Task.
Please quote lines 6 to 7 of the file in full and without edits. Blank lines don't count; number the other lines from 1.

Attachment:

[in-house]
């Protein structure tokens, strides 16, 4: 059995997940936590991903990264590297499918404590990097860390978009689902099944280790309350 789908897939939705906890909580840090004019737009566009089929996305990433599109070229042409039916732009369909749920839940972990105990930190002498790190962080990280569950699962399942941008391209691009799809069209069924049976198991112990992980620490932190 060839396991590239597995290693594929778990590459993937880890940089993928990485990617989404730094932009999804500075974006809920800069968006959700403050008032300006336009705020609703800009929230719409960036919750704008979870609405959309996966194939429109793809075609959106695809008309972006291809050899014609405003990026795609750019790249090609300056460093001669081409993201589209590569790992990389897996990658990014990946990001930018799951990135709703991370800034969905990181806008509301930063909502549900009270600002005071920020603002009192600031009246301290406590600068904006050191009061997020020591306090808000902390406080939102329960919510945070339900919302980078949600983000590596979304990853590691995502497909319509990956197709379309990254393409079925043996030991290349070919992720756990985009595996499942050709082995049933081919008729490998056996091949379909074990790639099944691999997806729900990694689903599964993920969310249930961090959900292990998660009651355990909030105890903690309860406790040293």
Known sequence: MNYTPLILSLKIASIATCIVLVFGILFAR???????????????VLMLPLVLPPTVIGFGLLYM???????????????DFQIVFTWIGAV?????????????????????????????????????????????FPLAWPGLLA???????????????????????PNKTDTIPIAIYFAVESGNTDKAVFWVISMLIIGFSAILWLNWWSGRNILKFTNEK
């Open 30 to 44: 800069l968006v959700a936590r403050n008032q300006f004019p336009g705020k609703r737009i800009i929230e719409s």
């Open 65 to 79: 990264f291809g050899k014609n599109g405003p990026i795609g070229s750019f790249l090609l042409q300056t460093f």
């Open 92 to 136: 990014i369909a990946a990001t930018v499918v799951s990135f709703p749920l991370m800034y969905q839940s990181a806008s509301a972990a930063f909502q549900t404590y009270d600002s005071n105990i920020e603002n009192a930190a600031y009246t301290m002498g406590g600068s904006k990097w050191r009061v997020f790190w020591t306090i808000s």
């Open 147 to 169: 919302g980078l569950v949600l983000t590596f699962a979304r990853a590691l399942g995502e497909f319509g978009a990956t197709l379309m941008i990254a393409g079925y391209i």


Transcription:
């Open 92 to 136: 990014i369909a990946a990001t930018v499918v799951s990135f709703p749920l991370m800034y969905q839940s990181a806008s509301a972990a930063f909502q549900t404590y009270d600002s005071n105990i920020e603002n009192a930190a600031y009246t301290m002498g406590g600068s904006k990097w050191r009061v997020f790190w020591t306090i808000s």
């Open 147 to 169: 919302g980078l569950v949600l983000t590596f699962a979304r990853a590691l399942g995502e497909f319509g978009a990956t197709l379309m941008i990254a393409g079925y391209i």